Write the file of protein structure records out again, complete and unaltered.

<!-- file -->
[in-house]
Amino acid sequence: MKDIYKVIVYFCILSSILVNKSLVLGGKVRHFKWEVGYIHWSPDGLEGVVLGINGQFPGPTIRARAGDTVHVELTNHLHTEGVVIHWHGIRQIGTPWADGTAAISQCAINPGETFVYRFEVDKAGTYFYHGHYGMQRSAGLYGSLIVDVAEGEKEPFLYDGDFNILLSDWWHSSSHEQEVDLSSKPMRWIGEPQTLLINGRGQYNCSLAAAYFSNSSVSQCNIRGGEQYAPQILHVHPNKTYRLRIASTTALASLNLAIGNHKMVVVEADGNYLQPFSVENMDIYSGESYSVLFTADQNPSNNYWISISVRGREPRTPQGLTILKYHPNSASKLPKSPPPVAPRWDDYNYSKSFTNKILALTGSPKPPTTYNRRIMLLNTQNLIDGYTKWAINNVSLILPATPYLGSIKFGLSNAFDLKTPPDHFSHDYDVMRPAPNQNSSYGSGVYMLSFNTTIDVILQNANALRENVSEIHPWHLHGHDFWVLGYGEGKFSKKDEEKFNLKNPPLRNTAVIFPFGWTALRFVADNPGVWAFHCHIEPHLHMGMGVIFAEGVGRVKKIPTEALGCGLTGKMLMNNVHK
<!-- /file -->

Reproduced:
[in-house]
Amino acid sequence: MKDIYKVIVYFCILSSILVNKSLVLGGKVRHFKWEVGYIHWSPDGLEGVVLGINGQFPGPTIRARAGDTVHVELTNHLHTEGVVIHWHGIRQIGTPWADGTAAISQCAINPGETFVYRFEVDKAGTYFYHGHYGMQRSAGLYGSLIVDVAEGEKEPFLYDGDFNILLSDWWHSSSHEQEVDLSSKPMRWIGEPQTLLINGRGQYNCSLAAAYFSNSSVSQCNIRGGEQYAPQILHVHPNKTYRLRIASTTALASLNLAIGNHKMVVVEADGNYLQPFSVENMDIYSGESYSVLFTADQNPSNNYWISISVRGREPRTPQGLTILKYHPNSASKLPKSPPPVAPRWDDYNYSKSFTNKILALTGSPKPPTTYNRRIMLLNTQNLIDGYTKWAINNVSLILPATPYLGSIKFGLSNAFDLKTPPDHFSHDYDVMRPAPNQNSSYGSGVYMLSFNTTIDVILQNANALRENVSEIHPWHLHGHDFWVLGYGEGKFSKKDEEKFNLKNPPLRNTAVIFPFGWTALRFVADNPGVWAFHCHIEPHLHMGMGVIFAEGVGRVKKIPTEALGCGLTGKMLMNNVHK